Dock.Fill should be used more often

Look at the picture below.


These are the Team System tests results I run today. Why the heck is more than half of the window empty (huge red rounded rectangle) ? Instead, the grid could perfectly fill the empty space and thus reducing the stress on my mouse wheel.

I have no idea why there is an empty space but [MS] developers are often keeping dialogs fixed and small (how much time it took to get resizable dialogs, such as Add References... one) and it seems the same happened to this unfortunate form (if you have a screen bigger than 15" that is). If you look at the bright side, at least grid's horizontal expansion is there.

Is this going to change in Visual Studio 2008? Judging from beta 2 - the testing UI has been redone to some extent and this grid doesn't appear anymore at all.

Spell checker for developers is a good thing

Here is an output from Intel's Matrix Storage Console when repairing a RAID array:


Yep, it says Verifing instead of Verifying. This is a common harmless error that happens in an application. While it is a harmless one it makes you feel uncomfortable though - if developers are producing such obvious errors they also might ... if there is a real error in RAID driver...ouch. Isn't there an easy solution for a developer to avoid such errors?

I have a solution for developers - spell checker add-in for Visual Studio (requires free DXCore engine - a part of CodeRush/Refactor! from [DevEx]). It adds spell checking capability right into your IDE and its free!

Read spell checker description and then download the latest version from here.

Command prompt utilities should have a readable help message

Today I had to display ILMerge's help information (btw, ILMerge does merge assemblies in a single assembly and it is a must have free utility produced by [MS] Research labs). This is the output I've got:

C:\Progs\Vodovodi\Vodovodi.Utilities\AddPrefix\bin\Release>"C:\Program Files\Mic rosoft\ILMerge\ILMerge.exe" Usage: ilmerge [/lib:directory]* [/log[:filename]] [/keyfile:filename [/delaysig n]] [/internalize[:filename]] [/t[arget]:(library|exe|winexe)] [/closed] [/ndebu g] [/ver:version] [/copyattrs [/allowMultiple]] [/xmldocs] [/attr:filename] [/ta rgetplatform:<version>[,<platformdir>] | /v1 | /v1.1 | /v2] [/useFullPublicKeyFo rReferences] [/wildcards] [/zeroPeKind] [/allowDup:type]* /out:filename <primary assembly> [<other assemblies>...]

Clear, isn't it? Absolutely not - it is an unreadable mess. It is very obvious that this fine tool was written by scientists who don't care about friendly messages. They should use at least new lines!

C:\Progs\Vodovodi\Vodovodi.Utilities\AddPrefix\bin\Release>"C:\Program Files\Mic rosoft\ILMerge\ILMerge.exe" Usage: ilmerge [/lib:directory]* [/log[:filename]] [/keyfile:filename [/delaysign]] [/internalize[:filename]] [/t[arget]:(library|exe|winexe)] [/closed] [/ndebug] [/ver:version] [/copyattrs [/allowMultiple]] [/xmldocs] [/attr:filename] [/targetplatform:<version>[,<platformdir>] | /v1 | /v1.1 | /v2] [/useFullPublicKeyForReferences] [/wildcards] [/zeroPeKind] [/allowDup:type]* /out:filename <primary assembly> [<other assemblies>...]

So, a simple \r\n does make a huge difference. And there are plenty of fine tools/applications with a great engine and with crappy UI out there. I won't even mention Dotfuscator at this point.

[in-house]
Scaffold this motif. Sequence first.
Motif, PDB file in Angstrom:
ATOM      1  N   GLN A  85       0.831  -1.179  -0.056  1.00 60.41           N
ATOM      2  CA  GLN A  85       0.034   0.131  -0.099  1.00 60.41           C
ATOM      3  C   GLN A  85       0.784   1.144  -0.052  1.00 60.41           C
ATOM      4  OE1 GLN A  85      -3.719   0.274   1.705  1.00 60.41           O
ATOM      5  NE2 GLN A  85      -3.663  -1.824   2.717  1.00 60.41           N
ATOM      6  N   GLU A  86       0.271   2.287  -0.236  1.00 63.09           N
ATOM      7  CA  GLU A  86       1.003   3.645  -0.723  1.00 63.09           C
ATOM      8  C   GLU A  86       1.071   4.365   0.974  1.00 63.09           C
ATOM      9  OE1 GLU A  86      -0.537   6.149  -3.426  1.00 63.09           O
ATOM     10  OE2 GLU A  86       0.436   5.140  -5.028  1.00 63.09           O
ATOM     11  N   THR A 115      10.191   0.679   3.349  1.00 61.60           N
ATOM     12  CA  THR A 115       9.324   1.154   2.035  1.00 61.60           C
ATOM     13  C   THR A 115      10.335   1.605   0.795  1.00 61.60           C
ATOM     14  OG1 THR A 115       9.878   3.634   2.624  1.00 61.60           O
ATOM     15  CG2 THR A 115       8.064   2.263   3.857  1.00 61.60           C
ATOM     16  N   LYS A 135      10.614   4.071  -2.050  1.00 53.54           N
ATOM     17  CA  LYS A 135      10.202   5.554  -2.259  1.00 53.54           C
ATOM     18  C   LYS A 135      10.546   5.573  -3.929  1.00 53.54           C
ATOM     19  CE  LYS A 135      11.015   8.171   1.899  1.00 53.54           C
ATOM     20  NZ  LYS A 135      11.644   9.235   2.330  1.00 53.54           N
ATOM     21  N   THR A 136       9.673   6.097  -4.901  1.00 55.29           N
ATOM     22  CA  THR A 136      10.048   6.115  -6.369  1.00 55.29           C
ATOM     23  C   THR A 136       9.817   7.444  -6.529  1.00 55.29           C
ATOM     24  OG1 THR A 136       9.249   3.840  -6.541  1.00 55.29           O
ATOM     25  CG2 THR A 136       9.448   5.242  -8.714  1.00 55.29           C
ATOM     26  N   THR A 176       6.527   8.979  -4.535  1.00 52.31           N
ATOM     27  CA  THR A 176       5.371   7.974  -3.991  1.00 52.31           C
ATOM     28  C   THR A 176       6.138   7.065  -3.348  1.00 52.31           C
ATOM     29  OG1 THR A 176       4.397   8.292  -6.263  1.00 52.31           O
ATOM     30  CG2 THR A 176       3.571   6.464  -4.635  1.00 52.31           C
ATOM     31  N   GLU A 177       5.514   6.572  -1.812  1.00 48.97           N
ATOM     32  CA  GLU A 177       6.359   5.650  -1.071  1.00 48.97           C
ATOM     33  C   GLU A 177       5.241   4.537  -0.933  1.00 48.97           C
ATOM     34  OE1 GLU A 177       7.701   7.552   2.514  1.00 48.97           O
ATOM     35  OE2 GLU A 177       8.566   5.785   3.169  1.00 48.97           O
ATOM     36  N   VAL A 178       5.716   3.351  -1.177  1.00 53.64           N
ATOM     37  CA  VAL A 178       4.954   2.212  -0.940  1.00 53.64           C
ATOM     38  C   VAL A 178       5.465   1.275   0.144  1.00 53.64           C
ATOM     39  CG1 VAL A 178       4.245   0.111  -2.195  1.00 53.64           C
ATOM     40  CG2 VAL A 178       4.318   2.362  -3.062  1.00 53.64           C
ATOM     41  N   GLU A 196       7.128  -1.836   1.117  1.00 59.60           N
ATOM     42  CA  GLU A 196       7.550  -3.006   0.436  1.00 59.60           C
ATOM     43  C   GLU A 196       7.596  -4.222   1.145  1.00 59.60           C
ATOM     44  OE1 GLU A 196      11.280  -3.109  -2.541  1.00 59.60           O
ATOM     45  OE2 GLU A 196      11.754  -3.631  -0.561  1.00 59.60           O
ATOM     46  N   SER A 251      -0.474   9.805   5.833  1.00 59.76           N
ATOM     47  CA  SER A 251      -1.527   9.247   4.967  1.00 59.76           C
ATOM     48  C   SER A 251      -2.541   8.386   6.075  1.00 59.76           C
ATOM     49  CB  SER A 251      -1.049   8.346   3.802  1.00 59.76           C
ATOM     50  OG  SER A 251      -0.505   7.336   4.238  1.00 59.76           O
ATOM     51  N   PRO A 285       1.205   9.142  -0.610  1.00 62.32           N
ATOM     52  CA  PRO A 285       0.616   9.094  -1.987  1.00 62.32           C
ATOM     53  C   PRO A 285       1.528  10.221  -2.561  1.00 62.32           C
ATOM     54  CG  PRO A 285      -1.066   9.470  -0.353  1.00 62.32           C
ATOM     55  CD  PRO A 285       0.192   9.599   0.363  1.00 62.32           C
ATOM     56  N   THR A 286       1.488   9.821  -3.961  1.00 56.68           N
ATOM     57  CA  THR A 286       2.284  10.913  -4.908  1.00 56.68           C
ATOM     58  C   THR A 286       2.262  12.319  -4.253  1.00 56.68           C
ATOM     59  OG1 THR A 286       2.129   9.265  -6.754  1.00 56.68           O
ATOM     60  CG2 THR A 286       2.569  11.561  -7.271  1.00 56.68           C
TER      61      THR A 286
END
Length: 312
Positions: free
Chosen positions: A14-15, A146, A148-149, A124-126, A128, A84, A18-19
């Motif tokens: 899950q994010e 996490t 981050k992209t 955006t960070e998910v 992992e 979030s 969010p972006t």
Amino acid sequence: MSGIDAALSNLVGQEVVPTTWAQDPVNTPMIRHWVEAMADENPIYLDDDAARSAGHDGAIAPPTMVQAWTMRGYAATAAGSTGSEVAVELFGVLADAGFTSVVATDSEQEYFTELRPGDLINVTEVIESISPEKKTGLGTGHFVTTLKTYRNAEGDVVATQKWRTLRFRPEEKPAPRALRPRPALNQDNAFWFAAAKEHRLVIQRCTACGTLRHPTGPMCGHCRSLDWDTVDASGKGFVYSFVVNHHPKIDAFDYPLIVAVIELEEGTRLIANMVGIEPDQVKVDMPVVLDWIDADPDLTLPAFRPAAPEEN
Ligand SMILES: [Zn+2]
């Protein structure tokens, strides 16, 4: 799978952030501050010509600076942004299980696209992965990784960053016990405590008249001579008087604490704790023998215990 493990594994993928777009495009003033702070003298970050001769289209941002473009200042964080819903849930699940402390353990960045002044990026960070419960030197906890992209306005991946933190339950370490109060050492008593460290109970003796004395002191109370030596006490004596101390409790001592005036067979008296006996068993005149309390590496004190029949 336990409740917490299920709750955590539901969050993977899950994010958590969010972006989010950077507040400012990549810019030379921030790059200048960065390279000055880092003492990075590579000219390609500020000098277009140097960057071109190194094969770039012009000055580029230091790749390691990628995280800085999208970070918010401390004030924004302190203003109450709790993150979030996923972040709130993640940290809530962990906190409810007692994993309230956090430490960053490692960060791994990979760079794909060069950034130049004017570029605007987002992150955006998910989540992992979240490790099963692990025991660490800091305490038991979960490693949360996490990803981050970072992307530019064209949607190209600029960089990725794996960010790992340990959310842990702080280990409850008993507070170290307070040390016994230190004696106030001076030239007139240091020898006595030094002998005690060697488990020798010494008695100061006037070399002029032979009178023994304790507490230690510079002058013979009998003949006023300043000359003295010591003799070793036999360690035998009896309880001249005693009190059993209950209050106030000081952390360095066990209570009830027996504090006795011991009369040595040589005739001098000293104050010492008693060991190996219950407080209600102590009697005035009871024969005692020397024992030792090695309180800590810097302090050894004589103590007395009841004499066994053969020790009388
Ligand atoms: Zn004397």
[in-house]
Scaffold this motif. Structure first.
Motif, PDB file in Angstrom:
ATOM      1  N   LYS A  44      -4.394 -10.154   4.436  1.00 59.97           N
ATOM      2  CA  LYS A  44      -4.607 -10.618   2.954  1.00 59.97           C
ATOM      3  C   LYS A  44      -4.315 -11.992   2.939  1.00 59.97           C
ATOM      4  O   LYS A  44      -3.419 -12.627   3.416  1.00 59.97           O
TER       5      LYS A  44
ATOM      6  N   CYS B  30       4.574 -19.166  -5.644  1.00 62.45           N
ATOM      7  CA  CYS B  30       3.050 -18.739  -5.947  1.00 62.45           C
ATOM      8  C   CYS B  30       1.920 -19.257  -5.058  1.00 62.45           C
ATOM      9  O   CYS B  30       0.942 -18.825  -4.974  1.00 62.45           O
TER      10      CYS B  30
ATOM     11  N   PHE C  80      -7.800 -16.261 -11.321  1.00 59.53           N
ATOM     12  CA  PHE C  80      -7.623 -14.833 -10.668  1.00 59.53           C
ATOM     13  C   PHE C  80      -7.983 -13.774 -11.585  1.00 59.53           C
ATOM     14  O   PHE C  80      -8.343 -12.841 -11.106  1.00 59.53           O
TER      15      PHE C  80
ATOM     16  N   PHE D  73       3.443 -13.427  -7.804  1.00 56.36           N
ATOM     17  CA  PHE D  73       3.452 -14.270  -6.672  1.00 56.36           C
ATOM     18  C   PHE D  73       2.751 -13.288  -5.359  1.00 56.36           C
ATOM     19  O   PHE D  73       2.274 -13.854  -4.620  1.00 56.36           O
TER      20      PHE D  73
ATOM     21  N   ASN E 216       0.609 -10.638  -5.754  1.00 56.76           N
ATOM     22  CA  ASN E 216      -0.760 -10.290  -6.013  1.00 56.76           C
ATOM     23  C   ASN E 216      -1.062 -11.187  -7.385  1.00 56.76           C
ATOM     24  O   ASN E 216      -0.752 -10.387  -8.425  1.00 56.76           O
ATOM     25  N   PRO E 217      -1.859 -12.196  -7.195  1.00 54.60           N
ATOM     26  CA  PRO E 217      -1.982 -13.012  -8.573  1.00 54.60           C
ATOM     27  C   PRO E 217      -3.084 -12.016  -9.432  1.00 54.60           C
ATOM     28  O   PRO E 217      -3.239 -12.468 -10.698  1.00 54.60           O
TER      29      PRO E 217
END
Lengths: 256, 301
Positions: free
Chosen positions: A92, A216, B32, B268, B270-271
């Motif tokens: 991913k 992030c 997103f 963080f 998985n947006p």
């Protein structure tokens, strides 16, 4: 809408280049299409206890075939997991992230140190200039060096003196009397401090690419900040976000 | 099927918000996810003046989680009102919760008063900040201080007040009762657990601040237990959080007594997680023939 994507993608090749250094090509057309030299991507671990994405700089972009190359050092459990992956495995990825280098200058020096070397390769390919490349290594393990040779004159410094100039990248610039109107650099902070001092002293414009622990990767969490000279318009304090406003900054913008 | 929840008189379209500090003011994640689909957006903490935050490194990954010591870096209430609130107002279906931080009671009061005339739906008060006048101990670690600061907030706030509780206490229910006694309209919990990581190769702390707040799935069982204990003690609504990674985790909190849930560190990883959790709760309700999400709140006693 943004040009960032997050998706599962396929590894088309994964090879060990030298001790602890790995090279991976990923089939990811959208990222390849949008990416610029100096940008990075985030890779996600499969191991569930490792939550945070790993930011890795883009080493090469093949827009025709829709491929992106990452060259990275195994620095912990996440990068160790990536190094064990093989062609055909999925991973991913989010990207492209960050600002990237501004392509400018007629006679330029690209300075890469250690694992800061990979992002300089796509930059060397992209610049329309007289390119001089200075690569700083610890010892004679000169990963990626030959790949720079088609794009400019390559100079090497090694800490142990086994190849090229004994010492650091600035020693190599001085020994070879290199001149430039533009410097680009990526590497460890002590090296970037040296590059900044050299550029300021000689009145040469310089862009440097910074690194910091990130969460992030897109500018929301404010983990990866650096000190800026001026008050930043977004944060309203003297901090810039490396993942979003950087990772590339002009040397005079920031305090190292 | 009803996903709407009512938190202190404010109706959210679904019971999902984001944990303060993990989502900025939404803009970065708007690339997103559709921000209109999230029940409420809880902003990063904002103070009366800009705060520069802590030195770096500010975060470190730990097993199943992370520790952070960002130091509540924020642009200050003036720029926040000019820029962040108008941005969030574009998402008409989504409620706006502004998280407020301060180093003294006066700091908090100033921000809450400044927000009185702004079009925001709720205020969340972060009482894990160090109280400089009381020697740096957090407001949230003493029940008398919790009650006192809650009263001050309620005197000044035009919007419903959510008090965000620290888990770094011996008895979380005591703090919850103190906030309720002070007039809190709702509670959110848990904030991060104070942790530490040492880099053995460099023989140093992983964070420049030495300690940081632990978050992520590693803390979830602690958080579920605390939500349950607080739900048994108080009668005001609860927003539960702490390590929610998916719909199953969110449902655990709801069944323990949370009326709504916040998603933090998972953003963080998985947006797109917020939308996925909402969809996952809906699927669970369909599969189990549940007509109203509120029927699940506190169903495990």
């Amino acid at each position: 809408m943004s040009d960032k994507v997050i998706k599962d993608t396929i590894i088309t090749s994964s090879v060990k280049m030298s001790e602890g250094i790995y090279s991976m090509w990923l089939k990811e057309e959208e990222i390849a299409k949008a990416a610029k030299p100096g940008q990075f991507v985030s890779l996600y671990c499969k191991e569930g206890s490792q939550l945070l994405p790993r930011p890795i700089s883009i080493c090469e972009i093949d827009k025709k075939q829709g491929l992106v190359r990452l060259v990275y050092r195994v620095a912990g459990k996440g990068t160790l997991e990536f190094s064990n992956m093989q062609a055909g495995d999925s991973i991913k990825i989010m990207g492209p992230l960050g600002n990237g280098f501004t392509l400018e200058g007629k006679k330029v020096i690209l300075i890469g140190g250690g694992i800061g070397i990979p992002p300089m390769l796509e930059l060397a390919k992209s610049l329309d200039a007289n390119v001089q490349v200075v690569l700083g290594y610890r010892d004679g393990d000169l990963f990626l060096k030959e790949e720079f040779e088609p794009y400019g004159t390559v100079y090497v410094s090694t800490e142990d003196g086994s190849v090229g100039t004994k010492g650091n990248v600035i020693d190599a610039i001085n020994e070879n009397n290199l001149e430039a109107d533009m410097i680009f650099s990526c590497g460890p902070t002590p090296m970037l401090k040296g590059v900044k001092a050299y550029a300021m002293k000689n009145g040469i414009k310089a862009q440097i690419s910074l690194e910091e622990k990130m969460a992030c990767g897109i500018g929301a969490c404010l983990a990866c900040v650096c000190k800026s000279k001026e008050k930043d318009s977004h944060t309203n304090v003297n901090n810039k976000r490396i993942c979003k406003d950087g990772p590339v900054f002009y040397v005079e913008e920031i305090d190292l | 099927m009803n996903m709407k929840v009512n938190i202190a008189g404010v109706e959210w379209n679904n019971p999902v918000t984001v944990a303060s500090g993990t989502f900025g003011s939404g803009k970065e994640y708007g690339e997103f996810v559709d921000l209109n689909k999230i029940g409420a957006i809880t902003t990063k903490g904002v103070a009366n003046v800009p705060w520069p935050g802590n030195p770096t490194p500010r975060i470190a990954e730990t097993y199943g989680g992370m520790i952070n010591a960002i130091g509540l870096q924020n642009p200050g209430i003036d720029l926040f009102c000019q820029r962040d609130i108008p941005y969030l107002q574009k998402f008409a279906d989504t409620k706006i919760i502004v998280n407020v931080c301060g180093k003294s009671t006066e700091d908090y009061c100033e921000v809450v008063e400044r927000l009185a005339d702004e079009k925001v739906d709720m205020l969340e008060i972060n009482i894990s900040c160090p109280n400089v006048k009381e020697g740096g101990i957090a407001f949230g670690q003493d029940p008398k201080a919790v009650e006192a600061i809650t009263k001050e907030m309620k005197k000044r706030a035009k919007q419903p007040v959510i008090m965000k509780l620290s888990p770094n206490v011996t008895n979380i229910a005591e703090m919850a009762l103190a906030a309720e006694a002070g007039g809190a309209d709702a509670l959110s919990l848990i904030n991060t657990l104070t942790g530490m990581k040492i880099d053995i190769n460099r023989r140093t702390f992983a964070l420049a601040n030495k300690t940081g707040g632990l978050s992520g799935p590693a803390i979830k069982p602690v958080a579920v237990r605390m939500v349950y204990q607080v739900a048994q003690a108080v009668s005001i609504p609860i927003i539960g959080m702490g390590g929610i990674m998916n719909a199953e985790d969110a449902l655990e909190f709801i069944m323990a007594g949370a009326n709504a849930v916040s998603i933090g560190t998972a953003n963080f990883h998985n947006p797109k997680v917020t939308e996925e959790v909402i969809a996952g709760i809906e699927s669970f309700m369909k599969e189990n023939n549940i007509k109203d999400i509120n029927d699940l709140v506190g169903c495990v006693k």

e-banking at its best

I saw this post over at David's blog and all that I have to say is that ... I am not surprised. e-banking applications aren't good over here in Slovenia. But this one from David's post tops the list by far. Here is the screenshot from his blog (I hope he don't mind that I've made a copy of it).

BA-CA error

So, you might say "heck, errors happen". Yes they do, but this one shows bank ignorance at its worst. Even though their representative Janez explains in a comment that the error and usage of Access(!) database are unrelated to core application itself he is bloody wrong. So, what can you see from this error:

  • They are using Access
  • They are using asp
  • They are using ODBC driver (who knows why..)
  • The code that connects to the database is in the file /obvestila/DBConn.asp and the connection itself is in the line 9
  • They never heard of never ever show internal error to the public

These are 5 lines of knowledge that should remain hidden. Specially in this kind of sensitive application. Do you wonder what other errors might reveal? But the real problem is not within this particular data displayed, it is the fact that they are showing data that shouldn't be seen from outside, ever. This leads me to thinking that their application is really badly written, or at least a part of it, and it might be highly vulnerable to malicious attacks. At least such message doesn't really give you a sense of security. I also wonder how scalable the application is when used by more than 5 concurrent users.

Anyway I am sure that application was written by the cheapest company...Kudos to everybody using this application for their courage.

UPDATE: The page with the error shown above is not the page from their e-banking but from their e-banking entry page. Their e-banking application is actually located on another web address and it seems like it is java application. So the two might be separated. But nevertheless all of the criticism above is still very valid.

C++ cryptics

I saw today this line of code in a newsgroup and couldn't resist to compare it to the same code written in C#.

array<System::Data::DataRow^>^ rows = myTable->Select("...");

Now, compare the managed C++ code above to the C# code below:

DataRow[] rows = myTable.Select("...");

I wonder which one is more clear and readable...

Anonymous method trivia

Can you guess how many times will this console application output the current date?

class Program { private static Tubo tubo = new Tubo(); static void Main(string[] args) { One(); tubo.RaiseTubek(); Console.WriteLine("Finished"); Console.ReadLine(); } private static void One() { tubo.Tubek += delegate { Console.WriteLine(DateTime.Now); }; tubo.RaiseTubek(); } } public class Tubo { public event EventHandler Tubek; public void RaiseTubek() { if (Tubek != null) Tubek(this, EventArgs.Empty); } }

Visual Studio Team System Testing tools and multithreading

If you've been doing testing with Visual Studio Team System (VSTS) you have probably noticed that each test might be run in different thread. And the same is valid for set up and clean up methods. This feature might be a good one generally but not if you are testing UI.

I worked a scenario where I start application's main form within ClassInitializeAttribute decorated MyClassInitialize method. Then I do various tests in sequence (I use ordered tests) and finally I close the application in ClassCleanupAttribute decoreated MyClassCleanup method.

Here is a how my code looks (simplified):

private MainFrm mainFrm; // Form derived class [ClassInitialize()] public static void MyClassInitialize(TestContext testContext) { mainFrm = new MainFrm(); mainFrm.Show(); } [ClassCleanup()] public static void MyClassCleanup() { mainFrm.Dispose(); mainFrm = null; } [TestMethod] public void SomeTest() { // do some test with mainFrm }